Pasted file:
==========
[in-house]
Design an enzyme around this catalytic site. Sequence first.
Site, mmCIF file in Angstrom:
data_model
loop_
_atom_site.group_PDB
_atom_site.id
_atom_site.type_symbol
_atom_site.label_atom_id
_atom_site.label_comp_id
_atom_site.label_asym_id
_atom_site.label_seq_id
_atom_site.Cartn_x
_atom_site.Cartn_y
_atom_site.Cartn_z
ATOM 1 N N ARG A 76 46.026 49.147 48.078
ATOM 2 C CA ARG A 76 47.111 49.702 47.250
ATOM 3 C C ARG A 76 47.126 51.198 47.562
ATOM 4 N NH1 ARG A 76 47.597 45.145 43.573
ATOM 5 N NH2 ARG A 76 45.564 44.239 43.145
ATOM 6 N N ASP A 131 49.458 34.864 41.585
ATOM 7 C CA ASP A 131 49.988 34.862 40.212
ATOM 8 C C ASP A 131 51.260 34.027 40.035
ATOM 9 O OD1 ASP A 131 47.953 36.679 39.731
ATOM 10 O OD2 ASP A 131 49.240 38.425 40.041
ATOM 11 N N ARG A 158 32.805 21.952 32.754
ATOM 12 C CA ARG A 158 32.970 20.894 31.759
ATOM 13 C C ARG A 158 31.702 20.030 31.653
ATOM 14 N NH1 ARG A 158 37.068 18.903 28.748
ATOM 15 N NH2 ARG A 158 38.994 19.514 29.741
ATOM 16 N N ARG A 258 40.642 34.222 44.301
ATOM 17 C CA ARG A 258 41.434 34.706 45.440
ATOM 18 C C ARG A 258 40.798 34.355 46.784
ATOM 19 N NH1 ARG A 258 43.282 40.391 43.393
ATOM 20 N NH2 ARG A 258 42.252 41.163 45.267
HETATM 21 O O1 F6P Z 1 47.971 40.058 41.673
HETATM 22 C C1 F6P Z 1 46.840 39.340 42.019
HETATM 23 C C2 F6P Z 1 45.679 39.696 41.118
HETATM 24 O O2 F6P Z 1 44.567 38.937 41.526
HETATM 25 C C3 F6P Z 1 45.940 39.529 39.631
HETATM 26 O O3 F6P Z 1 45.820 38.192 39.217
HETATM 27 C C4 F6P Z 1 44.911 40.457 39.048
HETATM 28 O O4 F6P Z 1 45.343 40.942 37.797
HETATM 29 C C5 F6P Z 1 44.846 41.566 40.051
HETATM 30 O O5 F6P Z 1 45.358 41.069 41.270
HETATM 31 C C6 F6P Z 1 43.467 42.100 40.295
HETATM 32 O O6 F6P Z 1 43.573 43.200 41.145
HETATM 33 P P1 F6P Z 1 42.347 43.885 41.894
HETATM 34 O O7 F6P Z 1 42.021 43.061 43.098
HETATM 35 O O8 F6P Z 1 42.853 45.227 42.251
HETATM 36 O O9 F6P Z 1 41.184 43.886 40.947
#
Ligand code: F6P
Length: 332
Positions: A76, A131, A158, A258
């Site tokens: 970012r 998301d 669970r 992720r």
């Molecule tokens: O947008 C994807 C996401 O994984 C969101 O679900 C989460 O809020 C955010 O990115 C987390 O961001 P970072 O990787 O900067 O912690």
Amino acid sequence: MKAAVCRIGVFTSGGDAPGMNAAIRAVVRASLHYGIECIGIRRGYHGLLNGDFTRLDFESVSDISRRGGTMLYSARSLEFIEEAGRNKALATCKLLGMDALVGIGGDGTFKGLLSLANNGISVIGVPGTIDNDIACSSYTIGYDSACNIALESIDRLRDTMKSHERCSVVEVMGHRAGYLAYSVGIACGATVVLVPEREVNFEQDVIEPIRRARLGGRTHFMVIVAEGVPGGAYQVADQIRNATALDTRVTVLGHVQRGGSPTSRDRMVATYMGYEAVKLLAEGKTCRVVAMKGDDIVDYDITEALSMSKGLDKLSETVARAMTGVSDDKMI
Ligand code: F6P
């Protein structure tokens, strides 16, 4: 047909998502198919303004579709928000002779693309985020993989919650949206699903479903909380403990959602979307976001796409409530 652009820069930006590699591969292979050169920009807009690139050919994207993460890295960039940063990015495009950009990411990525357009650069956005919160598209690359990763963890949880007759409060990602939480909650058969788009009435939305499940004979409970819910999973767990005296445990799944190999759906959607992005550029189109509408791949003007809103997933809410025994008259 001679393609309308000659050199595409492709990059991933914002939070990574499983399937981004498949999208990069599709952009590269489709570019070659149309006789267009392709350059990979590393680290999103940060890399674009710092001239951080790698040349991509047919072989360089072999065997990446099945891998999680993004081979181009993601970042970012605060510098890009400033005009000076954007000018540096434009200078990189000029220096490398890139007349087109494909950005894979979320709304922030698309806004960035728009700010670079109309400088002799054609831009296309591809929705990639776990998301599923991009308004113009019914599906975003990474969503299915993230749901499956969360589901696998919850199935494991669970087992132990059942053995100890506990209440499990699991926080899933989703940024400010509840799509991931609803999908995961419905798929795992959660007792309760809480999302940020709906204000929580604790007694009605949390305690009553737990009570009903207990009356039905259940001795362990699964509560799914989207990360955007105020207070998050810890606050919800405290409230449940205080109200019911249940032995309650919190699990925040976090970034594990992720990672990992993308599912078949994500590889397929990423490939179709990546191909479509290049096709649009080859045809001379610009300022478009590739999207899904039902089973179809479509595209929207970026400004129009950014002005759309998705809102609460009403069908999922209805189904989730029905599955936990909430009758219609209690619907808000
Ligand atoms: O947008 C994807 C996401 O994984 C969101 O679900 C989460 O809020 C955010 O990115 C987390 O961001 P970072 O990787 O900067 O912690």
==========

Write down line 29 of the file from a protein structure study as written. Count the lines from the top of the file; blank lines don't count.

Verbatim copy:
ATOM 14 N NH1 ARG A 158 37.068 18.903 28.748